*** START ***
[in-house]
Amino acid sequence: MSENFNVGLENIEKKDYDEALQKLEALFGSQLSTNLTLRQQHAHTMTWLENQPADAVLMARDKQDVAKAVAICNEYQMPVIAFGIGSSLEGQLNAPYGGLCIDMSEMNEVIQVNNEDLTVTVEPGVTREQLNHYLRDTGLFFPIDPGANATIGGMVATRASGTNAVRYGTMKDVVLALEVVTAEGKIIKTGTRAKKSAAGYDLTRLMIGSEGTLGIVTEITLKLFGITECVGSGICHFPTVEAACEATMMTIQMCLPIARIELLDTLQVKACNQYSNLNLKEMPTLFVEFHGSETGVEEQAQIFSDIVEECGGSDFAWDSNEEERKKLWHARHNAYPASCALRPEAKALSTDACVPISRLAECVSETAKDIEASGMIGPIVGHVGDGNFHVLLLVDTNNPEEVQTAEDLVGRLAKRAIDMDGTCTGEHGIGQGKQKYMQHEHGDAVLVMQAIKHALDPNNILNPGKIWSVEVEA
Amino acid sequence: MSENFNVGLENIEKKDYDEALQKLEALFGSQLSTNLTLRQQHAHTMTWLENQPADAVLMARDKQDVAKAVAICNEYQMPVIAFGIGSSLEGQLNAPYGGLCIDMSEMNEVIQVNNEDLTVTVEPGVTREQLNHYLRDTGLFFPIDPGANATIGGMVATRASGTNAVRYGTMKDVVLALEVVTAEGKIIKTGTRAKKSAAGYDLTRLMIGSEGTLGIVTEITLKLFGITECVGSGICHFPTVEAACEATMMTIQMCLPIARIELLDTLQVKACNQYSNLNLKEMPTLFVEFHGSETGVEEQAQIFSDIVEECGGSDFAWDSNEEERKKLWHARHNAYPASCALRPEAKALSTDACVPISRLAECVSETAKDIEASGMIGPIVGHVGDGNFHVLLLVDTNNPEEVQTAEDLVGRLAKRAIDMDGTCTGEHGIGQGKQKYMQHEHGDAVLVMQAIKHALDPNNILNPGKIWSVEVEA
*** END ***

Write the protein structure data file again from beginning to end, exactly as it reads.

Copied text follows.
[in-house]
Amino acid sequence: MSENFNVGLENIEKKDYDEALQKLEALFGSQLSTNLTLRQQHAHTMTWLENQPADAVLMARDKQDVAKAVAICNEYQMPVIAFGIGSSLEGQLNAPYGGLCIDMSEMNEVIQVNNEDLTVTVEPGVTREQLNHYLRDTGLFFPIDPGANATIGGMVATRASGTNAVRYGTMKDVVLALEVVTAEGKIIKTGTRAKKSAAGYDLTRLMIGSEGTLGIVTEITLKLFGITECVGSGICHFPTVEAACEATMMTIQMCLPIARIELLDTLQVKACNQYSNLNLKEMPTLFVEFHGSETGVEEQAQIFSDIVEECGGSDFAWDSNEEERKKLWHARHNAYPASCALRPEAKALSTDACVPISRLAECVSETAKDIEASGMIGPIVGHVGDGNFHVLLLVDTNNPEEVQTAEDLVGRLAKRAIDMDGTCTGEHGIGQGKQKYMQHEHGDAVLVMQAIKHALDPNNILNPGKIWSVEVEA
Amino acid sequence: MSENFNVGLENIEKKDYDEALQKLEALFGSQLSTNLTLRQQHAHTMTWLENQPADAVLMARDKQDVAKAVAICNEYQMPVIAFGIGSSLEGQLNAPYGGLCIDMSEMNEVIQVNNEDLTVTVEPGVTREQLNHYLRDTGLFFPIDPGANATIGGMVATRASGTNAVRYGTMKDVVLALEVVTAEGKIIKTGTRAKKSAAGYDLTRLMIGSEGTLGIVTEITLKLFGITECVGSGICHFPTVEAACEATMMTIQMCLPIARIELLDTLQVKACNQYSNLNLKEMPTLFVEFHGSETGVEEQAQIFSDIVEECGGSDFAWDSNEEERKKLWHARHNAYPASCALRPEAKALSTDACVPISRLAECVSETAKDIEASGMIGPIVGHVGDGNFHVLLLVDTNNPEEVQTAEDLVGRLAKRAIDMDGTCTGEHGIGQGKQKYMQHEHGDAVLVMQAIKHALDPNNILNPGKIWSVEVEA